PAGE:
Her name was Meg Menzies.
Meg was a friend of a friend. A Christian, a mother of three, and an avid runner in Richmond. Our daughters were 5 months apart and played together a few times. While I didn't know Meg well, what I remember most about her was her vibrant smile. She could light up a room with her smile. She had kind eyes. The type that drew you in and made you feel instantly comfortable.
She was killed by a drunk driver on January 13, 2014. She had just put her three children on the school bus and set out on a run with her husband. She was an incredible runner, well known in the Richmond area. She had qualified again for Boston and that's what she was training for. News of her death spread among friends quickly, reaching me in Texas through a Facebook post. As I had only recently begun my own journey as a runner, I felt moved to do something in her honor.
That's when #megsmiles was born.
A virtual run was created in her memory that weekend. The event on Facebook captured almost 100,000 people from around the world running or walking miles for Meg. Support for a fellow runner poured in from everywhere. It was a devasting story to read about. It could have been me. It could have been any of us. If you call yourself a runner, it could have been you.
The universal sentiment surrounding her death was that of it being "unfair" and "preventable." It was certainly both of those things and more. Meg did everything right - she was running against the flow of traffic, running in daylight, and running with a partner. Yet God called her home that morning anyway, leaving those who loved her in deep despair.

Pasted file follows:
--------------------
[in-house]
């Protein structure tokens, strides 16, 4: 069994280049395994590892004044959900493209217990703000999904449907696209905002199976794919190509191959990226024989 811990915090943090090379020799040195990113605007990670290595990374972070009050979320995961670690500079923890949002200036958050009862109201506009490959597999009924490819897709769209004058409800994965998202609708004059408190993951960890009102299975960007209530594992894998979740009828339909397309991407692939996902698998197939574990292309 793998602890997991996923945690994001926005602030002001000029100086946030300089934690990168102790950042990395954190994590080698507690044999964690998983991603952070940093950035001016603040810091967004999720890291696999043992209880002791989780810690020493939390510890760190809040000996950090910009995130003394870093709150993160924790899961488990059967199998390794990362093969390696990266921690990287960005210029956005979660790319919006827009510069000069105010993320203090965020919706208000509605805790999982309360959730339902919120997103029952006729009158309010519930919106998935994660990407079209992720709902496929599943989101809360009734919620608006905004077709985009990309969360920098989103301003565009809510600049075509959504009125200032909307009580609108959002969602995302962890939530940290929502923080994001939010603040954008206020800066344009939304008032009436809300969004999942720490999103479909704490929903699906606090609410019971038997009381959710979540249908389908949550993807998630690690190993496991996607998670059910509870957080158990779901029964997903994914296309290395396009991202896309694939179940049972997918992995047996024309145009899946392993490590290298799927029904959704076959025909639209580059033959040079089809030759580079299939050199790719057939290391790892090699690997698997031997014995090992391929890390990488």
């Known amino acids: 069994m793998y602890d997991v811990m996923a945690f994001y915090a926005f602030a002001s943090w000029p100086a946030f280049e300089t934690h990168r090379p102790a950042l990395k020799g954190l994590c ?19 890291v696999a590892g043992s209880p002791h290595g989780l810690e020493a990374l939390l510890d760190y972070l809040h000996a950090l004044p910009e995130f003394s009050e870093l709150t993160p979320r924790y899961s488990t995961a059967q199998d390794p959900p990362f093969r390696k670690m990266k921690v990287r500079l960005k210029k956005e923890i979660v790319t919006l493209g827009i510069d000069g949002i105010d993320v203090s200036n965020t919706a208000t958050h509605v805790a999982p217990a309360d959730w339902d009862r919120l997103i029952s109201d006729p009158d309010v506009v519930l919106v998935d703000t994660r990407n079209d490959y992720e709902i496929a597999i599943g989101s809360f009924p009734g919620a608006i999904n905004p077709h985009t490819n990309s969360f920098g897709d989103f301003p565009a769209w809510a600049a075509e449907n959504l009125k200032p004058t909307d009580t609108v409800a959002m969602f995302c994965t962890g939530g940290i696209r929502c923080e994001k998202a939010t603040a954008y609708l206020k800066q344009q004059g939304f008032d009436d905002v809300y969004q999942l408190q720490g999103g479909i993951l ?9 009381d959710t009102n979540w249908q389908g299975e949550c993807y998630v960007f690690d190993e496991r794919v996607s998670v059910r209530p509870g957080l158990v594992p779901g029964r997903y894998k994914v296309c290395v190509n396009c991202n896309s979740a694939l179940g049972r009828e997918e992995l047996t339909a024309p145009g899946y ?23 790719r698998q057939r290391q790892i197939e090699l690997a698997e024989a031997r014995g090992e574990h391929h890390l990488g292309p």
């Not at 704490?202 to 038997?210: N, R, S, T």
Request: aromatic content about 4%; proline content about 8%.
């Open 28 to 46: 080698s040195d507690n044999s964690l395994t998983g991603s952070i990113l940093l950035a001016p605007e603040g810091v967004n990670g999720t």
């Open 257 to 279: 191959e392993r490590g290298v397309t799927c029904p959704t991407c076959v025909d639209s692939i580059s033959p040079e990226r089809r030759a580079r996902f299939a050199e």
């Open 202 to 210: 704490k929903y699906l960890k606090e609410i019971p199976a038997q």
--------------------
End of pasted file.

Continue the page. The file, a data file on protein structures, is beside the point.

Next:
What has grown from Meg's tragic story is one of hope. Tens of thousands remained long after that virtual run - together in a running group called Meg's Miles Supporters on Facebook. Millions of miles of runs and walks have been shared since. All for Meg. Most of these people were never even blessed with the opportunity to meet Meg. Yet she brought them all together, brought us all together.
More than miles shared among us, though, are the moments. The beginning of lifelong friendships. The resurrection of good in the world. Of kindness. Of putting others ahead of ourselves. Some of my most treasured friendships are within this group. A group that is still, to this day, so unbelievably hard to describe or put into words. Maybe it's because #megsmiles is more than a group, a hashtag, or a movement. It's a feeling. A feeling larger than love.
While I am unable to run any longer, I will be heading out today to walk in honor of my friend, Meg. I'll also be participating in a virtual 5k this Saturday honoring her, too. If you're able, get outside today and run, or walk at least a mile. Notice your surroundings, the fresh air, the cold wind on your face, the pavement beneath your feet. Be grateful. Be in the moment.